Still another important object of the present invention is to provide a remotely controlled peristaltic pump which in an unloaded mode leaves the flexible fluid tubes in an undeformed condition so that the fluid lines always remain in a similar configuration with one another without any preset pinches or other deformities.
Still another important object of the present invention is to provide a remotely controlled peristaltic pump which is compact yet incorporates a large number of individual fluid tube channels in a small amount of space.
Still another important object of the present invention is to provide a peristaltic pump having an actuating mechanism which is simple and reliable in its operation for remotely turning the pump off and on in an unloaded and loaded position.
The above objectives are accomplished according to the present invention by providing a series of individual pump rollers which are arranged in a planetary configuration and are driven in a direction reverse to the rotation of an assembly of the rollers. An upper pressure shoe and a lower pressure shoe are provided which engage a first set of flexible tubing and a second set of flexible tubing. The upper shoe engages the first set of tubing and the lower set engages the second set of tubing. By making the pressure shoes noncontinuous surfaces, the flexible tubing is allowed to cross and interlace behind the shoes. The first set of flexible tubing carried by the upper shoe is laced over the lower shoe, and the second set of tubing which is engaged by the lower shoe is laced over the top of the upper shoe. In this manner, a highly compact multichannel arrangement is provided for the peristaltic pump. By providing a unique off and on mechanism for bringing the upper and lower pressure shoes into engagement with the sets of flexible tubing, all of the tubing can be made to be in a completely pre-state, undeformed condition when the pump is off. In this manner, no preformed pinches or other deformities are made in the tubing when it is off. In the situations where the experimental module is left on the space shuttle for extended lengths of time while awaiting a launch, the tubing is kept in its natural and undeformed configuration so that the pump rates and pump flows through the tubing are identical for each adjacent channel. A tube guide may be utilized to channel the tubing on leaving the upper and lower pressure shoes as needed.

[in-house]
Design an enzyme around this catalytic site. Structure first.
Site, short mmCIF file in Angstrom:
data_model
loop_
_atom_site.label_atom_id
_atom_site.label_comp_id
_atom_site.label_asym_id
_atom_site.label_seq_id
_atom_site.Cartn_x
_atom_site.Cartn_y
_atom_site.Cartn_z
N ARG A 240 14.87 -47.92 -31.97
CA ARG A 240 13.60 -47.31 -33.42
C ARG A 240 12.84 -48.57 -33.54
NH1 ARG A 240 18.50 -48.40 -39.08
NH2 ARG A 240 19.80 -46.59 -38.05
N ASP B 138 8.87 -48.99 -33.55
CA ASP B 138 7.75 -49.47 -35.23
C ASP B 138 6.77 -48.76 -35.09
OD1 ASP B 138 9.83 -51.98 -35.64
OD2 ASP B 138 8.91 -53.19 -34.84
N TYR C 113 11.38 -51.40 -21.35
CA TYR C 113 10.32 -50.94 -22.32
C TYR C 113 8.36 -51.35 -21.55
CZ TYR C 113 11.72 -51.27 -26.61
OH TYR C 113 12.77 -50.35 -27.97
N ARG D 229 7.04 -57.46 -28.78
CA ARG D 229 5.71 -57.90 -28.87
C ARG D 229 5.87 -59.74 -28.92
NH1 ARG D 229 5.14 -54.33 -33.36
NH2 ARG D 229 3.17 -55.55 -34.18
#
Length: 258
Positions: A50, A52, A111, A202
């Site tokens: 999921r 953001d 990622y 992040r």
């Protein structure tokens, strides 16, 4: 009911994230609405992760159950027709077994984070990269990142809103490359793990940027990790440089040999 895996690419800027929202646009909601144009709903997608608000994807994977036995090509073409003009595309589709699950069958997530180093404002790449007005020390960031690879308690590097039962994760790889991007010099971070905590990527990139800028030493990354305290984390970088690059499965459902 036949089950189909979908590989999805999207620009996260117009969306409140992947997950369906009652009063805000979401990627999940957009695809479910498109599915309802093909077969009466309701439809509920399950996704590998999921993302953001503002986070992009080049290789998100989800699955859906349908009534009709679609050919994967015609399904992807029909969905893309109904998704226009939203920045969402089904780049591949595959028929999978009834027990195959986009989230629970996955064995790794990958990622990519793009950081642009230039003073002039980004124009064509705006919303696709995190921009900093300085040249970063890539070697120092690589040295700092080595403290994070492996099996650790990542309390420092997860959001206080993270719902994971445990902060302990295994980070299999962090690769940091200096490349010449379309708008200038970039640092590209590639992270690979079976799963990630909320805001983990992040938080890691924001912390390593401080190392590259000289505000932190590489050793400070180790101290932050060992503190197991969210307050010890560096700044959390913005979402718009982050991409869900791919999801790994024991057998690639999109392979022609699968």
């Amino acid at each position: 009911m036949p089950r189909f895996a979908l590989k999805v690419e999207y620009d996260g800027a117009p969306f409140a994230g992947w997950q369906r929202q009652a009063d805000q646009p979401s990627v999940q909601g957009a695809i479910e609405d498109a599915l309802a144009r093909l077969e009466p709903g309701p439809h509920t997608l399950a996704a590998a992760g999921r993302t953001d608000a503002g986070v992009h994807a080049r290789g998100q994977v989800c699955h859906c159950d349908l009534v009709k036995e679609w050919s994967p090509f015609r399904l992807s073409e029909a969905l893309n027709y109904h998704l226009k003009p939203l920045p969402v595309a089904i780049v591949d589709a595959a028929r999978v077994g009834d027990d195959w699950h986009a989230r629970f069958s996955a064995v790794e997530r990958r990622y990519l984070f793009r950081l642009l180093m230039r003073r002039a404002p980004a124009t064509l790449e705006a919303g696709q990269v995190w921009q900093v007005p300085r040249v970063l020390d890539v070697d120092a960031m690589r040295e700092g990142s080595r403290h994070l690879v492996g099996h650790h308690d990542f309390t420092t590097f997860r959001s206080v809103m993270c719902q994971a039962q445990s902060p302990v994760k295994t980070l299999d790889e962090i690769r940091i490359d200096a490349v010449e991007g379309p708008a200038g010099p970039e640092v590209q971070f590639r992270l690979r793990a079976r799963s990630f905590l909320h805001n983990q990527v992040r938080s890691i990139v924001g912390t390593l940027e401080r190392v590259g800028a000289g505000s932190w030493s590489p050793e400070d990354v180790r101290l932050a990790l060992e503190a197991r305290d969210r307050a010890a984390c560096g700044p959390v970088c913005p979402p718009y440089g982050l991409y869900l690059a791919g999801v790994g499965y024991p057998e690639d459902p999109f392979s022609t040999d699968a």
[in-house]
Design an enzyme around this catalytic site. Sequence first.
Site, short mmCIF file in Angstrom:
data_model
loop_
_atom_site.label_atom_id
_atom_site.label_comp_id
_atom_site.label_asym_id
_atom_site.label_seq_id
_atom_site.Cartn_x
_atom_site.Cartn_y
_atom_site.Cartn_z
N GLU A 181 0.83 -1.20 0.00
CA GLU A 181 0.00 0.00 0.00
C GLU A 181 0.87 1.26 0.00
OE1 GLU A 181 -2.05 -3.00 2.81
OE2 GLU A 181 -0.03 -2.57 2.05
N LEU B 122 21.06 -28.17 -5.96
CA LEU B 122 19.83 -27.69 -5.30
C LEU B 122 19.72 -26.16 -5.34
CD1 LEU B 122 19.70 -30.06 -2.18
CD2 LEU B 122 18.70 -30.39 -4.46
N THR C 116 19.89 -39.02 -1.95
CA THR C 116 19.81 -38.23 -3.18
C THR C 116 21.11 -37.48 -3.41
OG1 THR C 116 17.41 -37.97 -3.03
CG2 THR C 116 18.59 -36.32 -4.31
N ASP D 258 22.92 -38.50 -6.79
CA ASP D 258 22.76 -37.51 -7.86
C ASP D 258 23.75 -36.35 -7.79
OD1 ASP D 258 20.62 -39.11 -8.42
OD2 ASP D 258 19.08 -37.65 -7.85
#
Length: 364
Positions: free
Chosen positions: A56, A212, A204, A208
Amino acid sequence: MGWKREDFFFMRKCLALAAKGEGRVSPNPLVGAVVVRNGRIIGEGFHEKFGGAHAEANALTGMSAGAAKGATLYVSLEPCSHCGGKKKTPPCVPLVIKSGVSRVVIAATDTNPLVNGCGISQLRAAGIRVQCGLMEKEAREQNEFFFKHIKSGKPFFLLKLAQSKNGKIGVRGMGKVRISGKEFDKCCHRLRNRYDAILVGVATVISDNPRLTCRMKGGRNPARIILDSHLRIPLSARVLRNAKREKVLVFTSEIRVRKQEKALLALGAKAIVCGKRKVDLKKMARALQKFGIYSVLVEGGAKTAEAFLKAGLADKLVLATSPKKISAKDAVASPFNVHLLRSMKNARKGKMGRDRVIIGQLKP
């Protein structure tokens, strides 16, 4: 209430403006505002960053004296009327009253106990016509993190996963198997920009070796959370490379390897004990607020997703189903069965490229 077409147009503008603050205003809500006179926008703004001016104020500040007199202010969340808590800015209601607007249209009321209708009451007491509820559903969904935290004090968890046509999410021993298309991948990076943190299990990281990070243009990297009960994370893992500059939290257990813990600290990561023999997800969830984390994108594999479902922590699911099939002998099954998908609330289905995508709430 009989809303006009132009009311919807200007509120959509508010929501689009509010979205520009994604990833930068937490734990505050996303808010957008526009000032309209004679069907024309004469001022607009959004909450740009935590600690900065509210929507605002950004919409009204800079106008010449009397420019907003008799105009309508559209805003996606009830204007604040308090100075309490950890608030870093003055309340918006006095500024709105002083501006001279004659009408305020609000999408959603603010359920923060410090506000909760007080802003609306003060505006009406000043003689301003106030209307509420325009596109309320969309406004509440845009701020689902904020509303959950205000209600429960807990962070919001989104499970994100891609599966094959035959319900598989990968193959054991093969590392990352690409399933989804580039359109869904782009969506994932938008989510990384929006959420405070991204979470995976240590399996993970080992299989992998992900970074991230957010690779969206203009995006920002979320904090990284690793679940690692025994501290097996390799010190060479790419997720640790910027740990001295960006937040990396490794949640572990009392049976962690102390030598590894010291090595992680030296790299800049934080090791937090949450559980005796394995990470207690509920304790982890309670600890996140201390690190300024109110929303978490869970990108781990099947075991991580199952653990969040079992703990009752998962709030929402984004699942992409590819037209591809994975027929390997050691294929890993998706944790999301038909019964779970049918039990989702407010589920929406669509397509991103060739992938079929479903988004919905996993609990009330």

The construction designed to carry out the invention will hereinafter be described, together with other features thereof.
The invention will be more readily understood from a reading of the following specification and by reference to the accompanying drawings forming a part thereof, wherein an example of the invention is shown and wherein: